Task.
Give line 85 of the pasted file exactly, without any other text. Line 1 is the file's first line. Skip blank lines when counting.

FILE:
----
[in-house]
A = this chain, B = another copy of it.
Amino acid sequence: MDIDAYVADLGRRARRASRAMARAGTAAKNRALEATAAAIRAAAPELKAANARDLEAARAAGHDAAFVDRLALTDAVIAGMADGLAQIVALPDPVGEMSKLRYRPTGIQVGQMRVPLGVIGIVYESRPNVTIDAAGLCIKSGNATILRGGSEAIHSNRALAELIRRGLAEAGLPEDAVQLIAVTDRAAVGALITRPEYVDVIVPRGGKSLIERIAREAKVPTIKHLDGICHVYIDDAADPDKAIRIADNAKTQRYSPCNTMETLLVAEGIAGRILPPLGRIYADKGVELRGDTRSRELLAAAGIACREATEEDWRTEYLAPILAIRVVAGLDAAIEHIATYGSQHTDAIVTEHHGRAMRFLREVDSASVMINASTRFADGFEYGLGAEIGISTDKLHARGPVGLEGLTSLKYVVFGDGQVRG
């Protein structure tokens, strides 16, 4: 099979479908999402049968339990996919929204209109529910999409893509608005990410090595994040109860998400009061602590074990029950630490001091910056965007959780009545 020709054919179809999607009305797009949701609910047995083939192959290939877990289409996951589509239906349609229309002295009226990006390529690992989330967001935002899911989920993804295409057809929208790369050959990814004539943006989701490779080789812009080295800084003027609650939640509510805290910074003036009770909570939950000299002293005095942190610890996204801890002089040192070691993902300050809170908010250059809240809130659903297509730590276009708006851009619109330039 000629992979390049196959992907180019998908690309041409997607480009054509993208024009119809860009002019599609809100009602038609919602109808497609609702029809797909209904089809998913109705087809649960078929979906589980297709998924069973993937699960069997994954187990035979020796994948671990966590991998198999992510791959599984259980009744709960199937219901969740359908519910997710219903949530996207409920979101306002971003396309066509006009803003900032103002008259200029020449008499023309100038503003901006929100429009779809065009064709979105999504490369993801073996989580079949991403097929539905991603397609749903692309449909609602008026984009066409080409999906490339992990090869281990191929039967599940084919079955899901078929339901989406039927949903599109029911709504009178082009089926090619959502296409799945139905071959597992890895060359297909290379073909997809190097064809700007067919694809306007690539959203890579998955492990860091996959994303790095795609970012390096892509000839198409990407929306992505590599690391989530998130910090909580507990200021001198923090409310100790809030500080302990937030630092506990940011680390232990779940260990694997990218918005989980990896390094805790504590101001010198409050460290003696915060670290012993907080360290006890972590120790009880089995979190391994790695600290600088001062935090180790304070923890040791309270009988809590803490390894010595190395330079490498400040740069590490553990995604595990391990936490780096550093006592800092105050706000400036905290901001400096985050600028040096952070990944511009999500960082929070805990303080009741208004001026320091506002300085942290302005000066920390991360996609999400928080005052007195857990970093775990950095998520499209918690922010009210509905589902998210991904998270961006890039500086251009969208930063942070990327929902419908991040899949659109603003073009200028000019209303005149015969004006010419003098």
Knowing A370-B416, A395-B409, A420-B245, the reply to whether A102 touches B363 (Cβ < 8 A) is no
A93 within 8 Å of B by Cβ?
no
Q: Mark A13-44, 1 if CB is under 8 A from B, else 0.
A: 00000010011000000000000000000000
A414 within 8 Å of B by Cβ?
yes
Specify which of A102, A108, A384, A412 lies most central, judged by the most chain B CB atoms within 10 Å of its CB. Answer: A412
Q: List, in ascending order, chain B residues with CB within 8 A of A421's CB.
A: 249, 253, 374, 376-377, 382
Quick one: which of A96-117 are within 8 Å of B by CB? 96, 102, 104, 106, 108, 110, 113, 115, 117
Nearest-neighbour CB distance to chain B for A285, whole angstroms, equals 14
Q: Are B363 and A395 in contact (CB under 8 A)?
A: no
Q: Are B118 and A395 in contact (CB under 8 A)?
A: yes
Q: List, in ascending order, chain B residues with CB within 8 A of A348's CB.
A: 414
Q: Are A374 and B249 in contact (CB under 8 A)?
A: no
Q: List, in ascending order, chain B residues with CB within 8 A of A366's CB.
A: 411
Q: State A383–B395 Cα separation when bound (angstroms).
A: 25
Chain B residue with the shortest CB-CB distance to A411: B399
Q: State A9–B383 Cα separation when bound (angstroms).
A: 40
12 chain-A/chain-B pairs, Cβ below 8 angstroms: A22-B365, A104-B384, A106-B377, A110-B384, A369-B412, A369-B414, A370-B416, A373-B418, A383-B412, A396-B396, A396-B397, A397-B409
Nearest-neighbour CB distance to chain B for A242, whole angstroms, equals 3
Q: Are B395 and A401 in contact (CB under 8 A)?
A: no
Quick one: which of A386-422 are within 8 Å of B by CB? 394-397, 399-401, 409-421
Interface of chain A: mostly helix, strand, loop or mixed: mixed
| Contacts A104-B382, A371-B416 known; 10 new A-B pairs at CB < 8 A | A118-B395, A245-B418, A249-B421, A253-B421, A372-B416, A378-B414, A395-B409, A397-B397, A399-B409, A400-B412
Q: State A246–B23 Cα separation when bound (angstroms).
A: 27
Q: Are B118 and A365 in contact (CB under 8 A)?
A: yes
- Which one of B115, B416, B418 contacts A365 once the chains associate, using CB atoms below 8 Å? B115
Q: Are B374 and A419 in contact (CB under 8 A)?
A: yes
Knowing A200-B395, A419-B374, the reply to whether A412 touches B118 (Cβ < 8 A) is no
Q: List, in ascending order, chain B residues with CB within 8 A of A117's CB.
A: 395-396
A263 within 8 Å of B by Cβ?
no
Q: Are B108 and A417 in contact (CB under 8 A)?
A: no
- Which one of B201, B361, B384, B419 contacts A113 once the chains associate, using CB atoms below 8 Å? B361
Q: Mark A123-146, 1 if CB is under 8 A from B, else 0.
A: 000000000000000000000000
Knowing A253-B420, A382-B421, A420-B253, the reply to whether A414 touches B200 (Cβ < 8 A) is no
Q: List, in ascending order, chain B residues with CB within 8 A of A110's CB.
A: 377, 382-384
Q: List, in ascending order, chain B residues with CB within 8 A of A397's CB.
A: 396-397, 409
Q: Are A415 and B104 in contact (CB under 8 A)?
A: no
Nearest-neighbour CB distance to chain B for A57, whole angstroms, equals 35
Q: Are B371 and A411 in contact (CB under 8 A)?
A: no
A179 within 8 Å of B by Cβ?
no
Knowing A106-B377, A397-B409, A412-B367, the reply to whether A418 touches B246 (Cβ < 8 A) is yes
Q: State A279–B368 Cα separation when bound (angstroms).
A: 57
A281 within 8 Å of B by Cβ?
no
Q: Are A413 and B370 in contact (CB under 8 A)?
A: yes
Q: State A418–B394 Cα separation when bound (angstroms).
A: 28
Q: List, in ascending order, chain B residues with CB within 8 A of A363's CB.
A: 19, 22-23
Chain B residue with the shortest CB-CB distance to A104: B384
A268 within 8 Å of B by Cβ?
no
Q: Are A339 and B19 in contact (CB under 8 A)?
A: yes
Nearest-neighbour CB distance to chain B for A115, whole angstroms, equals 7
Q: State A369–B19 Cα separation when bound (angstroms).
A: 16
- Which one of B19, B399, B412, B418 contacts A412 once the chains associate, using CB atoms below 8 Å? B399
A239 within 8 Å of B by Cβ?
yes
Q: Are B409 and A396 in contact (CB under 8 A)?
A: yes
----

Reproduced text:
Q: State A369–B19 Cα separation when bound (angstroms).